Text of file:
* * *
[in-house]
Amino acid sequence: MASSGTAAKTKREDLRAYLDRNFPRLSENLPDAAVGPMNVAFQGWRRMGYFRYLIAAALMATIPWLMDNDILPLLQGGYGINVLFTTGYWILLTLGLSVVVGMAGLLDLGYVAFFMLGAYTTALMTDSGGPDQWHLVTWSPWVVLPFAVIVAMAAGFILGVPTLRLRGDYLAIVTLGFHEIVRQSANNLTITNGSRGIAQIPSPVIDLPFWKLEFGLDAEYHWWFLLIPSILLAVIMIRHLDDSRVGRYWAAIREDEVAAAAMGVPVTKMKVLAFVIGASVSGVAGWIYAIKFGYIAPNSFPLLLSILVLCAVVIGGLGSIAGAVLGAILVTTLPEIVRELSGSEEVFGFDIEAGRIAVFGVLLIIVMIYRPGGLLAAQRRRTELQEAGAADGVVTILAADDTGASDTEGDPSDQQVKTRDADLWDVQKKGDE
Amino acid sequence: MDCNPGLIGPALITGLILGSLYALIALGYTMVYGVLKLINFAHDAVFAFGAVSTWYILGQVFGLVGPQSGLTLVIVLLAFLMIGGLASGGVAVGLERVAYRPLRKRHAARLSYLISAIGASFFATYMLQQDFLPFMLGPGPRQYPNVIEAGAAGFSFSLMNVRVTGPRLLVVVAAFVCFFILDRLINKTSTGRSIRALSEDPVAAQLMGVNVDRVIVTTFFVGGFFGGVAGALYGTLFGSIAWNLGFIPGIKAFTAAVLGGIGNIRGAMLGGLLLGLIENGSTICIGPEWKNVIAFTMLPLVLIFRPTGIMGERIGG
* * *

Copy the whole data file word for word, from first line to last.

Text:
[in-house]
Amino acid sequence: MASSGTAAKTKREDLRAYLDRNFPRLSENLPDAAVGPMNVAFQGWRRMGYFRYLIAAALMATIPWLMDNDILPLLQGGYGINVLFTTGYWILLTLGLSVVVGMAGLLDLGYVAFFMLGAYTTALMTDSGGPDQWHLVTWSPWVVLPFAVIVAMAAGFILGVPTLRLRGDYLAIVTLGFHEIVRQSANNLTITNGSRGIAQIPSPVIDLPFWKLEFGLDAEYHWWFLLIPSILLAVIMIRHLDDSRVGRYWAAIREDEVAAAAMGVPVTKMKVLAFVIGASVSGVAGWIYAIKFGYIAPNSFPLLLSILVLCAVVIGGLGSIAGAVLGAILVTTLPEIVRELSGSEEVFGFDIEAGRIAVFGVLLIIVMIYRPGGLLAAQRRRTELQEAGAADGVVTILAADDTGASDTEGDPSDQQVKTRDADLWDVQKKGDE
Amino acid sequence: MDCNPGLIGPALITGLILGSLYALIALGYTMVYGVLKLINFAHDAVFAFGAVSTWYILGQVFGLVGPQSGLTLVIVLLAFLMIGGLASGGVAVGLERVAYRPLRKRHAARLSYLISAIGASFFATYMLQQDFLPFMLGPGPRQYPNVIEAGAAGFSFSLMNVRVTGPRLLVVVAAFVCFFILDRLINKTSTGRSIRALSEDPVAAQLMGVNVDRVIVTTFFVGGFFGGVAGALYGTLFGSIAWNLGFIPGIKAFTAAVLGGIGNIRGAMLGGLLLGLIENGSTICIGPEWKNVIAFTMLPLVLIFRPTGIMGERIGG